Conch houses are classic Florida cottages that are traditionally rectangular shaped with one or two stories, constructed with wood and set on piers to allow airflow under the house. These houses also have porches across the entire front of the house. Two-story conch houses have porches on both levels.
Conch-style architecture is a Southern Florida interpretation of the classical revival building style. Conch houses feature horizontal plank siding, low gabled roofs with shingles or sheet metal roofing, and double-hung sash windows. Carved wood braces or brackets may decorate the porches.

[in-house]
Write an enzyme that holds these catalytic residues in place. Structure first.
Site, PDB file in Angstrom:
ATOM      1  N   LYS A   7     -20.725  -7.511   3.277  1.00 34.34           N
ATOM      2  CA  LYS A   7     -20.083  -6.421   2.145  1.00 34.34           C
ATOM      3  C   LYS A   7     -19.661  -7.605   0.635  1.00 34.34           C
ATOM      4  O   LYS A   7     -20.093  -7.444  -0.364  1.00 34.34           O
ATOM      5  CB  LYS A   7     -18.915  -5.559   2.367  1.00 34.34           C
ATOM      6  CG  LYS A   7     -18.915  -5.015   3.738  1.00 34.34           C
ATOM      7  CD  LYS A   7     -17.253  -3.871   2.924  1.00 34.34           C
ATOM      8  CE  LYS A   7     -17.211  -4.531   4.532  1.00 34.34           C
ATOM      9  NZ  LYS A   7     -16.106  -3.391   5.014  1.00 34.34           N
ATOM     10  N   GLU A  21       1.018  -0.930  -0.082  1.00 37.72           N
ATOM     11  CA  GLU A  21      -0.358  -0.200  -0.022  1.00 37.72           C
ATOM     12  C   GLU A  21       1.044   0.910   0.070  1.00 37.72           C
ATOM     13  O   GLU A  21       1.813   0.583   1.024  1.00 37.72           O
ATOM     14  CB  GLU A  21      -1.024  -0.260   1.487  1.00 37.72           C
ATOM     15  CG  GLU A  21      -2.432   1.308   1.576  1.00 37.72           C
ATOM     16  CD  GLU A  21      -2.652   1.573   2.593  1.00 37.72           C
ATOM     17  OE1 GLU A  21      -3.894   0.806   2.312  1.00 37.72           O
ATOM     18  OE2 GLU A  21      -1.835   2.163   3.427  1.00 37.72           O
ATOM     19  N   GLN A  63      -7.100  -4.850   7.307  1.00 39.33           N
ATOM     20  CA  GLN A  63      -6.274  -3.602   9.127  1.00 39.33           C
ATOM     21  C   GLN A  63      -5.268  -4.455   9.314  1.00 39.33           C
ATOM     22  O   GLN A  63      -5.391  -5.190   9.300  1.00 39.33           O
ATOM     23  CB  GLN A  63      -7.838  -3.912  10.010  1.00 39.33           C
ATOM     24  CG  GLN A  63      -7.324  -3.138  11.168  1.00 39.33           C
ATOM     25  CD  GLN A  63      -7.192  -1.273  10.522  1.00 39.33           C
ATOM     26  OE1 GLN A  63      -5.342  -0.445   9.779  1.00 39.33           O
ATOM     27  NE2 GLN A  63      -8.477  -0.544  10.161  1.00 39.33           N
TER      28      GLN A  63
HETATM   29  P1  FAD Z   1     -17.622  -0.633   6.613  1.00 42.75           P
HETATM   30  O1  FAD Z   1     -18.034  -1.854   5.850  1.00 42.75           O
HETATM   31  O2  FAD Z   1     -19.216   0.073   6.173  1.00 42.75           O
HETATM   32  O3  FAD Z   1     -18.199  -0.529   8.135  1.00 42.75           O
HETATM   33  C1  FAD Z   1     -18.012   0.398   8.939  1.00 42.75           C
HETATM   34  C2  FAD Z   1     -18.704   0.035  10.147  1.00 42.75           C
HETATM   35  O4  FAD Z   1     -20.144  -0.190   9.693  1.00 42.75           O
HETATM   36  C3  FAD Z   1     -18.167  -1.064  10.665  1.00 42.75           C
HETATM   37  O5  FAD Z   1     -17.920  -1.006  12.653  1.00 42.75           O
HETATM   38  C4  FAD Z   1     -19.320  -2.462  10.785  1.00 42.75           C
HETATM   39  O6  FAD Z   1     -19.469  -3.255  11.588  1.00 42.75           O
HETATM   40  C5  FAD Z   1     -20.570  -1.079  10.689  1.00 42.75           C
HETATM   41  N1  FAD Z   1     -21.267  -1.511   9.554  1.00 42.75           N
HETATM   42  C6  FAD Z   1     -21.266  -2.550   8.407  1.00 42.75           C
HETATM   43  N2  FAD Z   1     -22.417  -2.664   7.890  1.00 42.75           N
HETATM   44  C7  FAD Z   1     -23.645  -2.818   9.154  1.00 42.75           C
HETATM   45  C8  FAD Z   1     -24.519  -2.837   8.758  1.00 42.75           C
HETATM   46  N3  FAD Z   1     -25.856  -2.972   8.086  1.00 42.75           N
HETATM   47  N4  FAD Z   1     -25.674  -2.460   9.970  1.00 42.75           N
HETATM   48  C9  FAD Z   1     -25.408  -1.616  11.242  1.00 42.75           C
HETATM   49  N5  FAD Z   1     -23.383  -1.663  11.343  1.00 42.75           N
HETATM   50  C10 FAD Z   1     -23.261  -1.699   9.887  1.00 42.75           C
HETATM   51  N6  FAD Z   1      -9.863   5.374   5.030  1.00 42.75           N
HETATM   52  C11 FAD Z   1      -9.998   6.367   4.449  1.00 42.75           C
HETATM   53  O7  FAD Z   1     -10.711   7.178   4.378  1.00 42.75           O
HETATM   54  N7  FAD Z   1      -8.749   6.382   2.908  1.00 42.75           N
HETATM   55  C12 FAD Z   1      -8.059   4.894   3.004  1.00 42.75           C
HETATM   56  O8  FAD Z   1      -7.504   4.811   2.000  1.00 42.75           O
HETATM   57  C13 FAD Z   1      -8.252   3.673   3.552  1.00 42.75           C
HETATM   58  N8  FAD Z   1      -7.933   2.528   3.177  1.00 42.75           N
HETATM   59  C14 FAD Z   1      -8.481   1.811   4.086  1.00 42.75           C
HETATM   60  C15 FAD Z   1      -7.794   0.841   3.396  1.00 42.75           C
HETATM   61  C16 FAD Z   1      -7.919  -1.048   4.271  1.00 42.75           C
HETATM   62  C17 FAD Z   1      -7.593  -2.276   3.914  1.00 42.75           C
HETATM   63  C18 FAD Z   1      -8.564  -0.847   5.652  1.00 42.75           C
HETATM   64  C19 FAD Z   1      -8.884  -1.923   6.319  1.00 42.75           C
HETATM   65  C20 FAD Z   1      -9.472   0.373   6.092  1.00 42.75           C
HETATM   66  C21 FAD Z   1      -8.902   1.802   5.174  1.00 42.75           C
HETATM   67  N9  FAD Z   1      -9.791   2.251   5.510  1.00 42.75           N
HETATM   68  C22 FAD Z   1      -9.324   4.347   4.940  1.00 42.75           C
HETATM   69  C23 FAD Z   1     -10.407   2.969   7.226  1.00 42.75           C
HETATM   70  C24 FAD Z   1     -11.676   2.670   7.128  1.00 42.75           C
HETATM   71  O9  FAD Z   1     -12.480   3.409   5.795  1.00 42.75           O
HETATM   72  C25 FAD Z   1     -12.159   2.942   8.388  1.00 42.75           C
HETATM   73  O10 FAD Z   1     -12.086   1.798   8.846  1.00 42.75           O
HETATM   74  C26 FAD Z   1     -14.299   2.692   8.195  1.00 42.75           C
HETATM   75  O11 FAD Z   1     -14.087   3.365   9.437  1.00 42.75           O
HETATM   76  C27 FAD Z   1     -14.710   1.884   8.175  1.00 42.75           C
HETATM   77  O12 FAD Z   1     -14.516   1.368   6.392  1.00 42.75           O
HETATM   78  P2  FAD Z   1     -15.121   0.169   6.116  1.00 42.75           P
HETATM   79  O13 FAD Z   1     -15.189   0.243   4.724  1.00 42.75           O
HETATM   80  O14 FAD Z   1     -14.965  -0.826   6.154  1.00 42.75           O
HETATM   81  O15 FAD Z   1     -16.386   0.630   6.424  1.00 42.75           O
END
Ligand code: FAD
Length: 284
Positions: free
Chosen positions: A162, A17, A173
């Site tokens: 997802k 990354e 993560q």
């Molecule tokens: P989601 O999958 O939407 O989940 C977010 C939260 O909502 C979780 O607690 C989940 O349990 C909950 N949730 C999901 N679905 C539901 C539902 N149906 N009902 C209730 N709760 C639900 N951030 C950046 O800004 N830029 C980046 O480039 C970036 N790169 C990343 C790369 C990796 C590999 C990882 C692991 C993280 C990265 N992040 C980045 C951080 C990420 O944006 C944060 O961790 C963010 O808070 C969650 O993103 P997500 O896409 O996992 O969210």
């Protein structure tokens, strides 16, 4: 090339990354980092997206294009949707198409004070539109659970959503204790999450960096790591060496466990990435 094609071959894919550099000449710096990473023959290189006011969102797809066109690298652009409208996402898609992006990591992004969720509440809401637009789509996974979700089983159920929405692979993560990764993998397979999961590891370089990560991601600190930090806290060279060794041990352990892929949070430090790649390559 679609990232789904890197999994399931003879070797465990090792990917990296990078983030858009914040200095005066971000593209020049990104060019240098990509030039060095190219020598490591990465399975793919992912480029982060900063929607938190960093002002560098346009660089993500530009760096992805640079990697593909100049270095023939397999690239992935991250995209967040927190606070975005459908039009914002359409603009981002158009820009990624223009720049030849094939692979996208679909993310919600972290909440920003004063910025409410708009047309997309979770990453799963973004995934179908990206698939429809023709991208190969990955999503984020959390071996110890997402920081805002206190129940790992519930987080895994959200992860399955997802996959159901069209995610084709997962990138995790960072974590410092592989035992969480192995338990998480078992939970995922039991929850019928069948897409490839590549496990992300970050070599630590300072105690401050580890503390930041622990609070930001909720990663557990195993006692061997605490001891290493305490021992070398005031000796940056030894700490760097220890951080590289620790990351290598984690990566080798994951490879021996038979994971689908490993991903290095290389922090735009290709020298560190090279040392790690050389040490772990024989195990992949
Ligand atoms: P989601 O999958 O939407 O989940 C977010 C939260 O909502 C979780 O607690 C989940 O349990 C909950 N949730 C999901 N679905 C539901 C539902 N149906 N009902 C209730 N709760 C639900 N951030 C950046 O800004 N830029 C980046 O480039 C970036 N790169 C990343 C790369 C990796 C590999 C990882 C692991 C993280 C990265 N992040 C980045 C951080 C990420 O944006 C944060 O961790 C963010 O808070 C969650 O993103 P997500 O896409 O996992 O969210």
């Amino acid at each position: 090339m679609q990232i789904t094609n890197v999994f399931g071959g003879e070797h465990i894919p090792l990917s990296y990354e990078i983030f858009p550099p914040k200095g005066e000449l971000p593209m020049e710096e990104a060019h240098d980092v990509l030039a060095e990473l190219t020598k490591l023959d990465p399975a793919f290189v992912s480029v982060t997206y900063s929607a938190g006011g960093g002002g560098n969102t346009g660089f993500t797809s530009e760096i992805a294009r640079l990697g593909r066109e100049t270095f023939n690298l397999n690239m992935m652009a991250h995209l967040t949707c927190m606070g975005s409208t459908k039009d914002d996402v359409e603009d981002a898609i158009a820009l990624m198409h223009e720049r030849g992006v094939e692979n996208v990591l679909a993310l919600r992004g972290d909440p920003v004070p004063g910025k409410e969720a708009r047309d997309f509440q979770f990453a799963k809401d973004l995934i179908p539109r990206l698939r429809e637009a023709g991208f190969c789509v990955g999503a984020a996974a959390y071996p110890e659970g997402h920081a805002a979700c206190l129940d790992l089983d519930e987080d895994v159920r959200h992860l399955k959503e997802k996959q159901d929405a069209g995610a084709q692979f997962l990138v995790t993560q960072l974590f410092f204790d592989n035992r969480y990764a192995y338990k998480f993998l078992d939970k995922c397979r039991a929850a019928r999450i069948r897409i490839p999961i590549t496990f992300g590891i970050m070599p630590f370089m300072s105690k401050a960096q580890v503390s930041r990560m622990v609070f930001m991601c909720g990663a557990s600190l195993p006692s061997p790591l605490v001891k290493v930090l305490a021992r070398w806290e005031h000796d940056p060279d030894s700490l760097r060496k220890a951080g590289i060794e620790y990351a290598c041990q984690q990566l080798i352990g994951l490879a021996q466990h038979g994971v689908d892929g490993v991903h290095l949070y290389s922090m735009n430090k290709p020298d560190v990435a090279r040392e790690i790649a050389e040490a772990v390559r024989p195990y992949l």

Conch houses are energy-efficient. The limestone piers under the houses promote air circulation, which naturally cools the homes and prevents rotting. Roof hatches also create air circulation. Metal roofs reflect the sun, keeping the homes cool.
Owners can collect rainwater from their roofs in cisterns. Louvered shutters block afternoon sunlight while allowing tropical breezes into the homes. Porches provide shade to keep the inside cool.
Bahamian immigrants built the first conch houses in Key West, using mortar made of sand, water and lime. They extracted the lime by burning conch shells. Many early houses were built like boats using timber framing; builders switched to balloon framing in the 1880s.